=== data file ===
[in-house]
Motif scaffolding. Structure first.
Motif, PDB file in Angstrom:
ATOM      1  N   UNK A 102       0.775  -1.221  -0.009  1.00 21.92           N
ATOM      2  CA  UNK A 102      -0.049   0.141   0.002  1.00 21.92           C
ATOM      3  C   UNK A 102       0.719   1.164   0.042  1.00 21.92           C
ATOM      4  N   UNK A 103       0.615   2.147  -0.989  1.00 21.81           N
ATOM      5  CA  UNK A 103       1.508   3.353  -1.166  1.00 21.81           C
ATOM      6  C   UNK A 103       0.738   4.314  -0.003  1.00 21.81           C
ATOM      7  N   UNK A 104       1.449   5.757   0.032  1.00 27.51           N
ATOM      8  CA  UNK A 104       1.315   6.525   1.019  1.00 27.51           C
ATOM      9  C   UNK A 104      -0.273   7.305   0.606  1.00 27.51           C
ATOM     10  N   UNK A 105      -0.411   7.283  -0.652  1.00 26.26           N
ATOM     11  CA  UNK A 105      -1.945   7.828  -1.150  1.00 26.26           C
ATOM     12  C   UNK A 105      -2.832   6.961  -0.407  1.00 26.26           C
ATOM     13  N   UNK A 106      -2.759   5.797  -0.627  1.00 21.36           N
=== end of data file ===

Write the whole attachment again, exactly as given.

[in-house]
Motif scaffolding. Structure first.
Motif, PDB file in Angstrom:
ATOM      1  N   UNK A 102       0.775  -1.221  -0.009  1.00 21.92           N
ATOM      2  CA  UNK A 102      -0.049   0.141   0.002  1.00 21.92           C
ATOM      3  C   UNK A 102       0.719   1.164   0.042  1.00 21.92           C
ATOM      4  N   UNK A 103       0.615   2.147  -0.989  1.00 21.81           N
ATOM      5  CA  UNK A 103       1.508   3.353  -1.166  1.00 21.81           C
ATOM      6  C   UNK A 103       0.738   4.314  -0.003  1.00 21.81           C
ATOM      7  N   UNK A 104       1.449   5.757   0.032  1.00 27.51           N
ATOM      8  CA  UNK A 104       1.315   6.525   1.019  1.00 27.51           C
ATOM      9  C   UNK A 104      -0.273   7.305   0.606  1.00 27.51           C
ATOM     10  N   UNK A 105      -0.411   7.283  -0.652  1.00 26.26           N
ATOM     11  CA  UNK A 105      -1.945   7.828  -1.150  1.00 26.26           C
ATOM     12  C   UNK A 105      -2.832   6.961  -0.407  1.00 26.26           C
ATOM     13  N   UNK A 106      -2.759   5.797  -0.627  1.00 21.36           N